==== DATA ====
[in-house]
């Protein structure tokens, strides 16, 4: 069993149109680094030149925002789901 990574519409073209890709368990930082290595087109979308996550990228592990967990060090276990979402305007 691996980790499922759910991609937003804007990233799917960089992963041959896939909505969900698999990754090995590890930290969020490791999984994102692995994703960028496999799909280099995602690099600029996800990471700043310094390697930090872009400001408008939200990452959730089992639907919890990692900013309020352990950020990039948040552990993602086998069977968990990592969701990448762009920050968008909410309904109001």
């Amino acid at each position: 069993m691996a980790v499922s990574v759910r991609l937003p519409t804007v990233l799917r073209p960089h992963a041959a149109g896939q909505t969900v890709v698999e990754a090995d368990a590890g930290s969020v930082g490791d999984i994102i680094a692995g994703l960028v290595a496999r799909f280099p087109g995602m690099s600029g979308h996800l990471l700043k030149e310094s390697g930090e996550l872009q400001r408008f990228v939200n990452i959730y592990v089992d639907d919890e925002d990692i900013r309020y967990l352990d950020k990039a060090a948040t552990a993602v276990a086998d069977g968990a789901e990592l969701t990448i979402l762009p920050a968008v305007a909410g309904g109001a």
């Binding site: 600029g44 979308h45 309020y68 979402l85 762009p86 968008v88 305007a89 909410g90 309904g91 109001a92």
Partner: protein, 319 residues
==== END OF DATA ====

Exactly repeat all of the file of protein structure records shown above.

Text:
[in-house]
């Protein structure tokens, strides 16, 4: 069993149109680094030149925002789901 990574519409073209890709368990930082290595087109979308996550990228592990967990060090276990979402305007 691996980790499922759910991609937003804007990233799917960089992963041959896939909505969900698999990754090995590890930290969020490791999984994102692995994703960028496999799909280099995602690099600029996800990471700043310094390697930090872009400001408008939200990452959730089992639907919890990692900013309020352990950020990039948040552990993602086998069977968990990592969701990448762009920050968008909410309904109001």
């Amino acid at each position: 069993m691996a980790v499922s990574v759910r991609l937003p519409t804007v990233l799917r073209p960089h992963a041959a149109g896939q909505t969900v890709v698999e990754a090995d368990a590890g930290s969020v930082g490791d999984i994102i680094a692995g994703l960028v290595a496999r799909f280099p087109g995602m690099s600029g979308h996800l990471l700043k030149e310094s390697g930090e996550l872009q400001r408008f990228v939200n990452i959730y592990v089992d639907d919890e925002d990692i900013r309020y967990l352990d950020k990039a060090a948040t552990a993602v276990a086998d069977g968990a789901e990592l969701t990448i979402l762009p920050a968008v305007a909410g309904g109001a």
């Binding site: 600029g44 979308h45 309020y68 979402l85 762009p86 968008v88 305007a89 909410g90 309904g91 109001a92």
Partner: protein, 319 residues